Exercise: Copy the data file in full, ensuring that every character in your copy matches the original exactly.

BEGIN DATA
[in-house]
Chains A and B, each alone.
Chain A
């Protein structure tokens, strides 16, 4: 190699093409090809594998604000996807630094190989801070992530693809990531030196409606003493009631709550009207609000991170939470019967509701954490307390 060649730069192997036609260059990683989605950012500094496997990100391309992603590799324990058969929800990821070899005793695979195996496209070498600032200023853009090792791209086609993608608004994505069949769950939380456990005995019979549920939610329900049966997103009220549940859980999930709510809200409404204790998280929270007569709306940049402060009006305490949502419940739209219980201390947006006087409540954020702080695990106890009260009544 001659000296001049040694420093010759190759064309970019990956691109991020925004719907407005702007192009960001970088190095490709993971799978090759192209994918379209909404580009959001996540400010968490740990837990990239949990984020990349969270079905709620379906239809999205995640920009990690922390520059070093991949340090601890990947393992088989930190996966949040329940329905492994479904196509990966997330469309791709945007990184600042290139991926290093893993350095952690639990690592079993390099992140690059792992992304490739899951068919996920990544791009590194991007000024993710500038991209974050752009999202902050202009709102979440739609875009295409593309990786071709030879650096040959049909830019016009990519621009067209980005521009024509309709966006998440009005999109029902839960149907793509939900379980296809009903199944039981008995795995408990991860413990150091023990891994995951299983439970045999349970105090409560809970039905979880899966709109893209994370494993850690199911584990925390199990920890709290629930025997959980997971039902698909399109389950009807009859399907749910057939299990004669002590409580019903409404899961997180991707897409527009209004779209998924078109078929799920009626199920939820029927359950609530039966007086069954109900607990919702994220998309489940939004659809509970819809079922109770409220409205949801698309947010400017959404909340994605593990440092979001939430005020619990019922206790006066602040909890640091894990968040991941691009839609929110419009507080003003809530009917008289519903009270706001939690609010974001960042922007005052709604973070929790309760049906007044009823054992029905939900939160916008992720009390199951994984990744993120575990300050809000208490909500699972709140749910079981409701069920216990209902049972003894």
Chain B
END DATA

[in-house]
Chains A and B, each alone.
Chain A
């Protein structure tokens, strides 16, 4: 190699093409090809594998604000996807630094190989801070992530693809990531030196409606003493009631709550009207609000991170939470019967509701954490307390 060649730069192997036609260059990683989605950012500094496997990100391309992603590799324990058969929800990821070899005793695979195996496209070498600032200023853009090792791209086609993608608004994505069949769950939380456990005995019979549920939610329900049966997103009220549940859980999930709510809200409404204790998280929270007569709306940049402060009006305490949502419940739209219980201390947006006087409540954020702080695990106890009260009544 001659000296001049040694420093010759190759064309970019990956691109991020925004719907407005702007192009960001970088190095490709993971799978090759192209994918379209909404580009959001996540400010968490740990837990990239949990984020990349969270079905709620379906239809999205995640920009990690922390520059070093991949340090601890990947393992088989930190996966949040329940329905492994479904196509990966997330469309791709945007990184600042290139991926290093893993350095952690639990690592079993390099992140690059792992992304490739899951068919996920990544791009590194991007000024993710500038991209974050752009999202902050202009709102979440739609875009295409593309990786071709030879650096040959049909830019016009990519621009067209980005521009024509309709966006998440009005999109029902839960149907793509939900379980296809009903199944039981008995795995408990991860413990150091023990891994995951299983439970045999349970105090409560809970039905979880899966709109893209994370494993850690199911584990925390199990920890709290629930025997959980997971039902698909399109389950009807009859399907749910057939299990004669002590409580019903409404899961997180991707897409527009209004779209998924078109078929799920009626199920939820029927359950609530039966007086069954109900607990919702994220998309489940939004659809509970819809079922109770409220409205949801698309947010400017959404909340994605593990440092979001939430005020619990019922206790006066602040909890640091894990968040991941691009839609929110419009507080003003809530009917008289519903009270706001939690609010974001960042922007005052709604973070929790309760049906007044009823054992029905939900939160916008992720009390199951994984990744993120575990300050809000208490909500699972709140749910079981409701069920216990209902049972003894």
Chain B